Addressing parents and alumni Oct. 23 during Family Homecoming Weekend, President Bro Adams recapped the accomplishments of the Reaching the World campaign, then outlined an ambitious agenda for the future, including the expansion of the Colby College Museum of Art to highlight the Lunder Collection, a new environmental studies track in ocean sciences, and a planned building on the Colby Green for psychology, computer science, and mathematics. Both audio and video recordings are online.
Construction of an $11-million biomass facility at the steam plant was approved at the October trustees meeting, putting Colby on track to heat mainly with wood chips and forest-products waste beginning in 2012 and to achieve carbon neutrality by 2013. Environmental benefits include replacing oil with Maine-based renewable resources. Financial modeling shows the plant will pay for itself in about 10 years. More » ... Trustees also received year-end financial figures including the value of the endowment—$502,076,000 as of June 30, 2010. That reflected 11 percent growth from a year earlier.
Deputy Secretary of State James B. Steinberg delivered the 2010 Mitchell Lecture, American Leadership and International Cooperation: A Strategy for the 21st Century, Oct. 21. Steinberg, the principal deputy to Secretary of State Hillary Clinton, "spoke to a standing-room-only crowd of hundreds in Colby's Ostrove Auditorium," telling students that "commitment to a long-term vision, even when progress is slow, is the key to effective leadership," according to a story in the Morning Sentinel. Remarks from Special Envoy George Mitchell preceded the talk. Audio of the lecture is online.
Five Colby students, including first-year Kayla Diaz, depart Saturday for Denver to present their research at the Geological Society of America annual meeting and expo. A sixth student who is abroad will have her work presented by a faculty member. Whipple-Coddington Professor of Geology Robert Gastaldo, also presenting research, said that when bachelor's-granting colleges send students to national meetings it's more typical that one or two will go. But at Colby, he said, getting national recognition for student work is a departmental priority. Students also will talk to representatives of graduate programs and will spend a day in the field studying Colorado's geology before returning to Maine.
A Zimbabwean community in Waterville? It's true. On Oct. 16 that community was the focus of an afternoon and evening of events including a student panel on life in Zimbabwe, a buffet dinner of Zimbabwean dishes, and a rockin' concert by Chiwoniso Maraire, one of the country's most popular musicians. The program, "Zimbabwe in Maine," honored 2010 Oak Human Rights Fellow Jestina Mukoko. Thanks in part to Oak scholarships, Zimbabwe has been the fifth or sixth best-represented foreign country on campus in eight of the past 10 years. Zimbabwe in Maine story »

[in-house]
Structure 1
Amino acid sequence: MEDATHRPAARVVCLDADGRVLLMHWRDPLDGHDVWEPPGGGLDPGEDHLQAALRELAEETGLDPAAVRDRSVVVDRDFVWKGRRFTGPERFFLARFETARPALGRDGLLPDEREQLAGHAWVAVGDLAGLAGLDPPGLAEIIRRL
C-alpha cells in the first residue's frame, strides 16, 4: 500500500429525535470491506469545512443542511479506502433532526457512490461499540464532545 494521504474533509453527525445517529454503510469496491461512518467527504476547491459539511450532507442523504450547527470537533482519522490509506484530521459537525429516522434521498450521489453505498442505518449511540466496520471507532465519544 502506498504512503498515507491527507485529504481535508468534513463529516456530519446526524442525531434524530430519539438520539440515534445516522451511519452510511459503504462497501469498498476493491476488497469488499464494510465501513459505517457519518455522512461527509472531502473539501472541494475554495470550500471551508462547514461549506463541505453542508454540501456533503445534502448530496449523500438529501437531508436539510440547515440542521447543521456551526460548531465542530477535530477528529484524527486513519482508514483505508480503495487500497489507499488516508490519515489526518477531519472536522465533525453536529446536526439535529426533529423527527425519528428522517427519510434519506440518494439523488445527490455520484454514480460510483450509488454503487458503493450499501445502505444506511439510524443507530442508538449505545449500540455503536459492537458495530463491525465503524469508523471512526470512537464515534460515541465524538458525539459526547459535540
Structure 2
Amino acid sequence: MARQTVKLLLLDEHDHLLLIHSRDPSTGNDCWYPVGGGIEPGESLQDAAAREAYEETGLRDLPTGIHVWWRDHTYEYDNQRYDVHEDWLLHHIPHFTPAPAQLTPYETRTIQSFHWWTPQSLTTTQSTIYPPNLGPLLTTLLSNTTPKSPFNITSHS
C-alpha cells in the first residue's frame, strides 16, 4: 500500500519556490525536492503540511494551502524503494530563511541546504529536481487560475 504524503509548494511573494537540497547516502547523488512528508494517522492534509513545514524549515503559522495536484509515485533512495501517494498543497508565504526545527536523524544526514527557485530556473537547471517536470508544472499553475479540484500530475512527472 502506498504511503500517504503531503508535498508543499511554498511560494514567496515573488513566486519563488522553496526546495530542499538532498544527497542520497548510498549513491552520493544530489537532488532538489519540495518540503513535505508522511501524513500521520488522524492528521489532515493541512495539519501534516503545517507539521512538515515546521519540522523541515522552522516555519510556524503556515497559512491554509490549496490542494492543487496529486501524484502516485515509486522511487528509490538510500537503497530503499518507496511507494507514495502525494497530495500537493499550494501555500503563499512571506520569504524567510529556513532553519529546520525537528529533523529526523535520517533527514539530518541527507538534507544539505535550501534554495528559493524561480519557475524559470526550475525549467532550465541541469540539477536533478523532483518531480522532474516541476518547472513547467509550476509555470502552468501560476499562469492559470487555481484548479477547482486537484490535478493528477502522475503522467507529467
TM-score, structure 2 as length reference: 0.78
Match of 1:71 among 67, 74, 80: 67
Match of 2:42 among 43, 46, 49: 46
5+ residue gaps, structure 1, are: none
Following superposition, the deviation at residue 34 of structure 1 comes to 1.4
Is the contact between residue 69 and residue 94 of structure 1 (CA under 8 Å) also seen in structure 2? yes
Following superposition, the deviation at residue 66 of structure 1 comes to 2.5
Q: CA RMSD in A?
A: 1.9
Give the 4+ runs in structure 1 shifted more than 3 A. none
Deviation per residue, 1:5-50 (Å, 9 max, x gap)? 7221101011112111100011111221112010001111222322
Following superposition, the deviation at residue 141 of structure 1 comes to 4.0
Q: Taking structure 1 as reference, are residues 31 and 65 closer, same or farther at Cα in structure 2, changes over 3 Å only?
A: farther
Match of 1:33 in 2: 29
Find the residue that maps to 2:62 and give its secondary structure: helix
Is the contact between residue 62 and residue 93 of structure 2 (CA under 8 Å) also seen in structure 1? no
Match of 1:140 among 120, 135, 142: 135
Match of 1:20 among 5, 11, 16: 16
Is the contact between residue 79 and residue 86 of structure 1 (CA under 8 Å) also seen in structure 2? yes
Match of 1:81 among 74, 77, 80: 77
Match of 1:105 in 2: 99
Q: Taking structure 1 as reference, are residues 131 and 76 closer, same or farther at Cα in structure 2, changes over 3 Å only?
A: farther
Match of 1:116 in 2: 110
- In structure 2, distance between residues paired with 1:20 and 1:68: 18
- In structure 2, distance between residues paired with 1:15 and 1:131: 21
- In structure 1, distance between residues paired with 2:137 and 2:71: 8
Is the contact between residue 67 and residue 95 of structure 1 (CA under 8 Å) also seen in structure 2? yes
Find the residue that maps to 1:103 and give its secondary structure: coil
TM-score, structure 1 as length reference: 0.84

A new Colby Entrepreneurial Alliance and a regional entrepreneurs' network were launched during a Sept. 23 kickoff dinner for the Colby Alumni Network (CAN) weekend, the first creating a curriculum for students interested in starting businesses and the second starting the Kennebec Valley Entrepreneurial Network in collaboration with community organizations. Suggesting that the network reflects a paradigm shift in regional economic development, a professional from Augusta said, "We're on the edge of something new and very, very exciting." More »
Women's cross country dominated the Maine State Championships Oct. 16, taking first place as a team with four Mules among the top six finishers. The new individual state champion is Amy Tortorello '12 of Medway, Mass., who ran an 18-minute, 52-second race. This was the Colby women's team's sixth Maine championship in the last seven years. The Mules were running strong entering NESCAC, ECAC, New England, and NCAA championships over the next three weeks. More »
All Mules, all the time: www.colby.edu/athletics
Pete Morelli '02, who was captain of the Colby Crew his senior year, will race in the lightweight men's quadruple sculls for the U.S. National Team at the 2010 World Rowing Championships Oct. 31-Nov. 7 in New Zealand. … Patrick Harner '05, a trainer at Five Seasons Sports Club in Cincinnati and member of the football and track teams while at Colby, is training with the U.S. national developmental skeleton team. More about Harner »
Retired attorney Thomas Cox '66, who volunteers with the pro bono group Pine Tree Legal Assistance, was instrumental in uncovering the "robo-signer" foreclosure practice recently in the news. While representing a homeowner in a foreclosure case, he discovered that an employee of GMAC, now Ally Financial, was signing 10,000 foreclosure documents a month. A Sept. 22 Washington Post story said, "The legal predicament compelled Ally Financial, the nation's fourth-largest home lender, to halt evictions of homeowners in 23 states." A front-page Oct. 14 New York Times story said Cox, who formerly did foreclosure work for banks, "had switched sides and, he says, was trying to make amends." See also the Sept. 23 ABA Journal.
Dan Harris '93, currently anchor of ABC’s World News Sunday, has been named co-anchor of the weekend edition of Good Morning America. "In his ten years at ABC News, Dan has traveled the globe, reporting from Haiti, Pakistan, Afghanistan, Iraq, Ground Zero, South Korea, Israel and the West Bank," said ABC News President David Westin. "He has also distinguished the news division with thoughtful and cutting-edge coverage of faith and religion in America." Harris has been anchor of World News Sunday since November 2006.